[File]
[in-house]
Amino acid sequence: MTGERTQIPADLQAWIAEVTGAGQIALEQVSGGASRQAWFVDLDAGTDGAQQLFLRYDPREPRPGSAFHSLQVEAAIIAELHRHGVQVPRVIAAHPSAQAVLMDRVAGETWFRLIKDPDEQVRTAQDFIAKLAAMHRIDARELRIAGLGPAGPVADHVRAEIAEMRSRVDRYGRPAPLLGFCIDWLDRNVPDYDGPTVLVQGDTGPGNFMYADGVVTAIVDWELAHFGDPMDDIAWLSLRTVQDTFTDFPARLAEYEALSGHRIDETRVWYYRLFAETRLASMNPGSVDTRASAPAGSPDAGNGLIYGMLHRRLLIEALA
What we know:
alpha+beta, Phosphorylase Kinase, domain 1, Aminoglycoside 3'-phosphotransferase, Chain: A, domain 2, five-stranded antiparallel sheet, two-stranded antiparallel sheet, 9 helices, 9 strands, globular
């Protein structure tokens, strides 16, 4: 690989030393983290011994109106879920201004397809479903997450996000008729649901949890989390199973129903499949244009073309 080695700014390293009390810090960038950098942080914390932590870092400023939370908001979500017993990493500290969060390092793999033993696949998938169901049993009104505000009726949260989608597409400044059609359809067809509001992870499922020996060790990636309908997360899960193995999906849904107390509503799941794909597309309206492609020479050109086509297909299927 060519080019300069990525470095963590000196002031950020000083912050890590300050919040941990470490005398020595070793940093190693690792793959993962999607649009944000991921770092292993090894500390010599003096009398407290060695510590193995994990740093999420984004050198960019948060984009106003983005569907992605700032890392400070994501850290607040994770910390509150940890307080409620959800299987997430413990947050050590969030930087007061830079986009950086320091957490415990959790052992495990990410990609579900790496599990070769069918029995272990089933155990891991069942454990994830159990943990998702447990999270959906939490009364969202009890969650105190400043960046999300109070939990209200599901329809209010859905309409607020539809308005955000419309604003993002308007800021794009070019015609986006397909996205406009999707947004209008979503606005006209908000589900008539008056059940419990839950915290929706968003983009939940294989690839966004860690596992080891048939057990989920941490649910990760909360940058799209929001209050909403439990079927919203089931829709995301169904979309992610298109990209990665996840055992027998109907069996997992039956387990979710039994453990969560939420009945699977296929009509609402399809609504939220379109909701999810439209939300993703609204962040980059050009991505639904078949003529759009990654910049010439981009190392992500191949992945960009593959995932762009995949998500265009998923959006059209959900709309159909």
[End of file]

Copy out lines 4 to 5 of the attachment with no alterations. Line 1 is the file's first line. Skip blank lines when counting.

alpha+beta, Phosphorylase Kinase, domain 1, Aminoglycoside 3'-phosphotransferase, Chain: A, domain 2, five-stranded antiparallel sheet, two-stranded antiparallel sheet, 9 helices, 9 strands, globular
């Protein structure tokens, strides 16, 4: 690989030393983290011994109106879920201004397809479903997450996000008729649901949890989390199973129903499949244009073309 080695700014390293009390810090960038950098942080914390932590870092400023939370908001979500017993990493500290969060390092793999033993696949998938169901049993009104505000009726949260989608597409400044059609359809067809509001992870499922020996060790990636309908997360899960193995999906849904107390509503799941794909597309309206492609020479050109086509297909299927 060519080019300069990525470095963590000196002031950020000083912050890590300050919040941990470490005398020595070793940093190693690792793959993962999607649009944000991921770092292993090894500390010599003096009398407290060695510590193995994990740093999420984004050198960019948060984009106003983005569907992605700032890392400070994501850290607040994770910390509150940890307080409620959800299987997430413990947050050590969030930087007061830079986009950086320091957490415990959790052992495990990410990609579900790496599990070769069918029995272990089933155990891991069942454990994830159990943990998702447990999270959906939490009364969202009890969650105190400043960046999300109070939990209200599901329809209010859905309409607020539809308005955000419309604003993002308007800021794009070019015609986006397909996205406009999707947004209008979503606005006209908000589900008539008056059940419990839950915290929706968003983009939940294989690839966004860690596992080891048939057990989920941490649910990760909360940058799209929001209050909403439990079927919203089931829709995301169904979309992610298109990209990665996840055992027998109907069996997992039956387990979710039994453990969560939420009945699977296929009509609402399809609504939220379109909701999810439209939300993703609204962040980059050009991505639904078949003529759009990654910049010439981009190392992500191949992945960009593959995932762009995949998500265009998923959006059209959900709309159909």